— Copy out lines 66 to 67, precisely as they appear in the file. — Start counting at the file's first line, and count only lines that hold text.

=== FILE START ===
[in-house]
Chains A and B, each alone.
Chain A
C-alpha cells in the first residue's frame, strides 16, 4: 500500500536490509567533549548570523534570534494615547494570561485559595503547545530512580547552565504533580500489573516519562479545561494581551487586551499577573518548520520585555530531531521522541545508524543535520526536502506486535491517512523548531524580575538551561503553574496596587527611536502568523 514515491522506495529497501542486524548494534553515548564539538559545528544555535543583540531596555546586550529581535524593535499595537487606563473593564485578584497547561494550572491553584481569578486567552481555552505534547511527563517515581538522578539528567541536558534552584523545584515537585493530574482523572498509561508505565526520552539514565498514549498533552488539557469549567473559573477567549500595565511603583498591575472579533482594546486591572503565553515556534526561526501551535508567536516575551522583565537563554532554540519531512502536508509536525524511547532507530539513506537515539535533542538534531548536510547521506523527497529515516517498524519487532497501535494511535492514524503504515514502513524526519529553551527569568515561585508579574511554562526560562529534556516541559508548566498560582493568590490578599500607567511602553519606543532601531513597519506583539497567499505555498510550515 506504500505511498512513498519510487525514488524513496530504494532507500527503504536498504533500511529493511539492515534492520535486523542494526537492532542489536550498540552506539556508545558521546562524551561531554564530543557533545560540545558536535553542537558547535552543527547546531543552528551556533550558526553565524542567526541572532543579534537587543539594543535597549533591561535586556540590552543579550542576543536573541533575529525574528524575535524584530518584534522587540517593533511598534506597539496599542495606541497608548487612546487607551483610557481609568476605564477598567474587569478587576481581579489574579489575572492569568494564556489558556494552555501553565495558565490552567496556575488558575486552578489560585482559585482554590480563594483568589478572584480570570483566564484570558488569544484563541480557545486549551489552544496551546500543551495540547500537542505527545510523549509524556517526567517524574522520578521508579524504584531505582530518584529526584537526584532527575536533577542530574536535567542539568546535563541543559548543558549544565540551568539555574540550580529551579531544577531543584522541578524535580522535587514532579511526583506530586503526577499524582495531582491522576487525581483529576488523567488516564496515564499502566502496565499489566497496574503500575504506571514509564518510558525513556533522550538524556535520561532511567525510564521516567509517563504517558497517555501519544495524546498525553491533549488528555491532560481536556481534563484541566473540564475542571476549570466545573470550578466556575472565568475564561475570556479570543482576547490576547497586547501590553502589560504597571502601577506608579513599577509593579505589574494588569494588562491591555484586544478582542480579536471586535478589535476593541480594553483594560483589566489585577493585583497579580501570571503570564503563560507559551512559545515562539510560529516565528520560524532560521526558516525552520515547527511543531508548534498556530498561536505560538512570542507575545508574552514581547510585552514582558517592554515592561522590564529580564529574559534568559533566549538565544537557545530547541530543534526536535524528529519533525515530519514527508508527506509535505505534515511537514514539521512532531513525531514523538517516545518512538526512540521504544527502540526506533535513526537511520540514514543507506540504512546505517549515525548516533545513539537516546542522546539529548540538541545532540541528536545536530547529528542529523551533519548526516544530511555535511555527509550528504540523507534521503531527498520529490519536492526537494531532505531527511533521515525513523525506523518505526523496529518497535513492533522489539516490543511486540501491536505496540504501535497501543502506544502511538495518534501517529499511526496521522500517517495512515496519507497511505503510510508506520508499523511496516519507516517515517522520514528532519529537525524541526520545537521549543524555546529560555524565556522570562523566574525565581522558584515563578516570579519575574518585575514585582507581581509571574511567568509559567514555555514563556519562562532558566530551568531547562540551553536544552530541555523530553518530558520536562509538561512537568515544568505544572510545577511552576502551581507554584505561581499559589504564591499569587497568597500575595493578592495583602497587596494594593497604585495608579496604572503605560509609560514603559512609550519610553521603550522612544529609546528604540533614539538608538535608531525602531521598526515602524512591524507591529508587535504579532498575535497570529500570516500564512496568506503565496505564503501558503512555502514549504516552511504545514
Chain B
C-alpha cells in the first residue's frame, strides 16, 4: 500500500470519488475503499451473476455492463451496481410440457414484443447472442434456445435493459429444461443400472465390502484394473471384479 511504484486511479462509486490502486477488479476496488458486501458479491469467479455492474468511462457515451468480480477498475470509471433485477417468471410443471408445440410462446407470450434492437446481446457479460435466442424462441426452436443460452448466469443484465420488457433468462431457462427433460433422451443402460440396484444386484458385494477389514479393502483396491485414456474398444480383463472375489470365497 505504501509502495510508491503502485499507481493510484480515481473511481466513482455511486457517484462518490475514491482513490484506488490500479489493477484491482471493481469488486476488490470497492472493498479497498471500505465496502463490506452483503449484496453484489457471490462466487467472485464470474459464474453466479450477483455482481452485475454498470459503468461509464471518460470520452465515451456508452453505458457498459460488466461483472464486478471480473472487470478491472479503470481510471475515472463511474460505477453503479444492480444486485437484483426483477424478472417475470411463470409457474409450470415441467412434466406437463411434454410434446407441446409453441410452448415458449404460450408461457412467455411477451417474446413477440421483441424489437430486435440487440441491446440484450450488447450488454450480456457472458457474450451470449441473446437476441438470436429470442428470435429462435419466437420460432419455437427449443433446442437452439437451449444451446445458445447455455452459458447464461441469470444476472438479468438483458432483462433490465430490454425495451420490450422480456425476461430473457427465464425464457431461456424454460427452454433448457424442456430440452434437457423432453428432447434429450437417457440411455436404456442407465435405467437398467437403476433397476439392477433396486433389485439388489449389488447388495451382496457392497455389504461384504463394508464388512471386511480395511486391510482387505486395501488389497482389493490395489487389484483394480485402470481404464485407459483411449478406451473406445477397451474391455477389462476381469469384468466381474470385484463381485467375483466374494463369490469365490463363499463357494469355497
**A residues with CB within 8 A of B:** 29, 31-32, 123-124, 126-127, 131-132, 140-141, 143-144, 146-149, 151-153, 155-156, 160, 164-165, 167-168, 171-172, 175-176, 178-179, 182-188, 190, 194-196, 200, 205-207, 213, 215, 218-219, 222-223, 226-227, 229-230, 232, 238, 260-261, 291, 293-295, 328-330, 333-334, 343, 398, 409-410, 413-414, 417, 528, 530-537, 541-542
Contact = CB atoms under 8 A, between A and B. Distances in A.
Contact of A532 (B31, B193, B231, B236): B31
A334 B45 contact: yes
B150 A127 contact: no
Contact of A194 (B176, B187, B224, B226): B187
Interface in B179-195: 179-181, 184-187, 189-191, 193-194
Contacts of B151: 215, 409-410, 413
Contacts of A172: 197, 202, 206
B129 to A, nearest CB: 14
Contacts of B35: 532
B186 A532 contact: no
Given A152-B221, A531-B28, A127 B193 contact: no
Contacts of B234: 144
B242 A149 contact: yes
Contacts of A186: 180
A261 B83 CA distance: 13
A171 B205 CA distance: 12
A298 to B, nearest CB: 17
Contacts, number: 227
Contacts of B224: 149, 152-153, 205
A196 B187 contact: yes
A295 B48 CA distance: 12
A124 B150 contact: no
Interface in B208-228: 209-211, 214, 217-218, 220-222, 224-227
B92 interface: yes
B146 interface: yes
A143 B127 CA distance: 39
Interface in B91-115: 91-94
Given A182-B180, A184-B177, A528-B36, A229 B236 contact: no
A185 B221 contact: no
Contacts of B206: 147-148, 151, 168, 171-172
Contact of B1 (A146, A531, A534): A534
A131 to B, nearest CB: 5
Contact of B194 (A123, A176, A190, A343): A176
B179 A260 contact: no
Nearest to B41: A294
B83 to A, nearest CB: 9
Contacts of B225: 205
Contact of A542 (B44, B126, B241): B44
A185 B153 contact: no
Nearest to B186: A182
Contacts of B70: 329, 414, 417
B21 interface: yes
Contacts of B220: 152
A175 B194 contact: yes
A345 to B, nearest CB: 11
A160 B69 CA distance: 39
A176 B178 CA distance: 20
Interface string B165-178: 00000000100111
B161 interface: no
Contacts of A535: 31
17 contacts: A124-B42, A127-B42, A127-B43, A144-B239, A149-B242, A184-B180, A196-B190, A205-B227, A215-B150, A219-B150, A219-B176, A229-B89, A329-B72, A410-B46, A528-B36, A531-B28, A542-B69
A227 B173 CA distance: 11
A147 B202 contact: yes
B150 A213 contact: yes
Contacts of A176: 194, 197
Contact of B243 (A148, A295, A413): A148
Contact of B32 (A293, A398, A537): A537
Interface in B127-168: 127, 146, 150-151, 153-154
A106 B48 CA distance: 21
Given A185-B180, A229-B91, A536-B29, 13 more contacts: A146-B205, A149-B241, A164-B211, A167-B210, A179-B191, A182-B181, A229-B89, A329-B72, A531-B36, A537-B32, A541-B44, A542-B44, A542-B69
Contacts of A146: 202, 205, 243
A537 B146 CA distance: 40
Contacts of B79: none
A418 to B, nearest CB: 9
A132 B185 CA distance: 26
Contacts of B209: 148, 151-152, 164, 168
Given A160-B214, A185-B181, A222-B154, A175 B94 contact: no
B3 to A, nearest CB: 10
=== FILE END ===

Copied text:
Interface in B127-168: 127, 146, 150-151, 153-154
A106 B48 CA distance: 21